Festival Kids

THE ECHO CHAMBER Underground antics 0000

Part history lesson, part scary story, this atmospheric show from En Masse Theatre is a great way to start your Fringe day. Descending down into the bowels of Edinburgh, you find yourself in one of the many caverns and passageways that run beneath the Old Town.

A brief introduction by our ‘tour guide’ tells us all about life in Auld Reekie, as Edinburgh was once known, and the horrible fate that awaited many of the occupants of these underground rooms. Cold, damp, unlit quarters that housed doomed prisoners, poor folk with nowhere else to go and bank vaults. Once deep inside, we’re left alone with the ‘ghosts’ of a family forced to live down in the Echo Chamber while they wait for their

luck to improve.

Despite the sinister setting (and be warned, if you’re afraid of the dark, this show isn’t for you) there’s a lot of humour in this site-specific play. And although it’s a shame they’ve fallen back on the cliche of the wicked stepmother, this is still an interesting tale acted with gusto. It’s also a great insight into 19th century Edinburgh, a place which, mercifully, you leave behind as you head back to daylight, and modern sanitation, above

ground. (Kelly Apter)

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Myths, music and monsters

If you were under the impression that the Scottish islands were formed by glaciers during the ice age. then think again. They're actually the humps and bumps of an ancient monster who curled his way around Scotland. Or at least that's what we're told in MlSiQfSlOtl/WO/‘lll. an exciting story re worked from legend by Stuart Paterson.

Having been released on CD and set



to a dramatic score by composer Savourna Stencnson. the tale has now been turned into a l ringe show. Stevenson's inusic forms the backdrop. while two storytellers act out the tale of a fearless i‘.(3l'(), mythical kelpie “crater horsei and the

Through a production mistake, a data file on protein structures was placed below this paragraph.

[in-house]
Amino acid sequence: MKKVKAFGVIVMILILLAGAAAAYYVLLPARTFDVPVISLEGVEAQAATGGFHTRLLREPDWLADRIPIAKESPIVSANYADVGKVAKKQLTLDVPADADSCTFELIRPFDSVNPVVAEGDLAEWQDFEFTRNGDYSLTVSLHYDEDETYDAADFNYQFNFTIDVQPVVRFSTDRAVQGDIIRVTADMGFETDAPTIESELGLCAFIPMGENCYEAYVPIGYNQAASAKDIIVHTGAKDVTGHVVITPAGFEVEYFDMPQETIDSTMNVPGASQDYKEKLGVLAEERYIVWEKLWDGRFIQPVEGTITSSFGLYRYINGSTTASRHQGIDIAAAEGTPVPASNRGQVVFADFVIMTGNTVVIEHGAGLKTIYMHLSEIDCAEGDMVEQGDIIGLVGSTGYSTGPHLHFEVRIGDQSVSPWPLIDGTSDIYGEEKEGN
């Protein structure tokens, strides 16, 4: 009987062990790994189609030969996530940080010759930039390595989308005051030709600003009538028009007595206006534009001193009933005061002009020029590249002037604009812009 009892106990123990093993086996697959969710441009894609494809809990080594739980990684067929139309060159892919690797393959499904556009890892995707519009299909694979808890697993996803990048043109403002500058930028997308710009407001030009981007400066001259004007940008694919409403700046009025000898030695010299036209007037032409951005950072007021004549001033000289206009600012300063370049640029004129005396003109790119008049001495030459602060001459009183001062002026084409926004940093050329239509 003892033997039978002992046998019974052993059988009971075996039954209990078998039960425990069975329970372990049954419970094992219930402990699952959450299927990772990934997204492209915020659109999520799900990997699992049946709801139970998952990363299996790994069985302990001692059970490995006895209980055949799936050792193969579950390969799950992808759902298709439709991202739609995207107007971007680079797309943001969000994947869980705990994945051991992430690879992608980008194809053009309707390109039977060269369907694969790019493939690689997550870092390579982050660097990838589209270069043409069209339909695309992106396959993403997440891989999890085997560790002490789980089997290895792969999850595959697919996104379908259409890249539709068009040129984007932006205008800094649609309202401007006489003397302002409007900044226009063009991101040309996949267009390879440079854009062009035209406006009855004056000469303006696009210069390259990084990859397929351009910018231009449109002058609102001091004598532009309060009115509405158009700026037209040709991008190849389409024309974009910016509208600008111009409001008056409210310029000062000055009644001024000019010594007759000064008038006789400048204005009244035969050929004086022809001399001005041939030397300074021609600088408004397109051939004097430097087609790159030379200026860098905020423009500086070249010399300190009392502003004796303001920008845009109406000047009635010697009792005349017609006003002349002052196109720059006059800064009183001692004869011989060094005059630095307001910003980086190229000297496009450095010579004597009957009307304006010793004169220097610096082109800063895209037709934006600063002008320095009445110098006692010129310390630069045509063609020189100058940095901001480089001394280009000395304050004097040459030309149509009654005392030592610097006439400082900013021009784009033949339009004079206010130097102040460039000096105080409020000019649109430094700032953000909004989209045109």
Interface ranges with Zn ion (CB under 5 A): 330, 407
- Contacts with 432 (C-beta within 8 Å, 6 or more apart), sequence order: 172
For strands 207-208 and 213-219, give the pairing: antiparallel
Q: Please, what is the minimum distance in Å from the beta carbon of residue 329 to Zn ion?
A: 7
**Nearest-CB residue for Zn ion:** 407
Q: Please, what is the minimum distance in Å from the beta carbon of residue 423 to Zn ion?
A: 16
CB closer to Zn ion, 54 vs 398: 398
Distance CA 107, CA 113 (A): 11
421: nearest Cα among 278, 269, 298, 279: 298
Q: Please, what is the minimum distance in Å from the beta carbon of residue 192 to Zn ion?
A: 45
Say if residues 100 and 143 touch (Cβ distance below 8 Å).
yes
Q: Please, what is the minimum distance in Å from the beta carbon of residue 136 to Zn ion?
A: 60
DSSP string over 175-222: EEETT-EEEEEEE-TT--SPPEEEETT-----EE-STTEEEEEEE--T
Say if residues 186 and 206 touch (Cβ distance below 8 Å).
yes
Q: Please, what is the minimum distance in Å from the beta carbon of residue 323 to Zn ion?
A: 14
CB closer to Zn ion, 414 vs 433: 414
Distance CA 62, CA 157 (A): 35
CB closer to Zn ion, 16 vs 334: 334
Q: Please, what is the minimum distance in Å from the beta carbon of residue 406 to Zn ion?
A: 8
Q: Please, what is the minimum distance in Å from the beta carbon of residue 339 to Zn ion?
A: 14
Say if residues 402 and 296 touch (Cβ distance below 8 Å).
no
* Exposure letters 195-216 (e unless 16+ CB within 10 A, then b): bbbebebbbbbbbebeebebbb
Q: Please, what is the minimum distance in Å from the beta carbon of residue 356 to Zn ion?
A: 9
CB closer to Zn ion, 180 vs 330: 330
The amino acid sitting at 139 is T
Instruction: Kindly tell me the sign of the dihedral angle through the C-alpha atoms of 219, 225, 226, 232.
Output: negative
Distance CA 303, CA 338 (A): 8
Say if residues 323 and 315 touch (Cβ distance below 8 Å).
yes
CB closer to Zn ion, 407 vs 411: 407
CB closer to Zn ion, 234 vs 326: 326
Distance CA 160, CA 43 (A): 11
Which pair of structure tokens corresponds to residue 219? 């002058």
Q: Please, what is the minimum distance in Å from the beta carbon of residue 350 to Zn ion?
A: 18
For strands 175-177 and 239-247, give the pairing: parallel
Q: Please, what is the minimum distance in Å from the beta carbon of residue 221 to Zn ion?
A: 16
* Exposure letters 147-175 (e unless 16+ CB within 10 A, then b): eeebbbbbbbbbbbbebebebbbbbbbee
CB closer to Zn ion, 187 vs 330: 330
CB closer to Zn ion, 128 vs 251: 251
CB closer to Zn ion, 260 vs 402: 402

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eponymous scary monster. But rather than try and replicate the beast onstage. the show takes a more creative approach.

'It's a piece of super-charged storytellrng.’ says Paterson. "Staged in a simple but inventive way using giant chairs and sheets. And I think that way you've got a much better chance of creating the story in a child's imagination.' (Kelly Apteri I Musical Theatre a; George Square Theatre. (562 8740. 12—25 Aug. 10.30am. 515.130 Il‘:3.:3()).


Evolutionary tales

Full of questions about the animal kingdom. two explorers set off on a journey down—ri\.ver. Along the way. they impart stories about how the leopard got his spots. the elephant got his trunk and finally. how the giraffe ended up with such an elongated neck.

Inspired by the discoveries of Charles Darwin and Rudyard Kipling's Just So tales. this is the latest in a long i!lt() of children's shows by Tall Stories

the company who brought us The Gruffafo. The Show Dragon and Them l'/rth Tt'i/i's among others.

As we've come to expect from this talented team. the acting is physrcally expresswe and strong. Else\.vhere. ho‘.'.re‘.er. it falls short of the mark. The catchy songs 'a Tall Stories trademark) are sadly missing. leaving the show lacking the dynamic pep we know and love. And at times it's Just too low-key to keep the audience fully engaged. iKelly Apteri I (I loo. 084.6 260/9511. MW (1):") Aug met 12). 3.20pm, l‘/’.:’3()-~5‘S).:3() If‘5>.:'>()i 571550;.


Fantastic feathery fun

This riotous show is the stuff of every stage manager's nightmare. When the action draws to a close. the floor is strewn with a sticky mess of flour. eggs. foam and burst balloons. Happily. the auditorium is filled with smiling children and adults making the clean-up operation well worth while.

Fed up with havrng their habitats ruined by human-induced global warming. the delegates at a bird conference decide to fight back. Lacking any man-made ammunition, the feathered friends use a far deadlier weapon to put their point across to the world poo.

Performed by a multi-talented cast all of whom can act. sing and play several instruments this is a wonderful hour of musical mayhem. A strong storyline keeps older children and adults happy. while younger ones can enjoy the sight of a trombone- playing flamingo. harp-playing penguin and a dodo on a Zimmer frame.

(Kelly Apterl I P/easance Courtyard, 556 6550. until 25 Aug, 72.500m, £8.50 (£7)


Three is the magic number

He's done it again. Andy Lawrence. stonyteller and puppet-maker extraordinaire. has created another perfect kids show. Back at the Fringe for the third year running. following the success of The King's Got Donkeys Ears and The Elves and the Shoemaker. Lawrence proves that gorng that extra mile makes all the difference.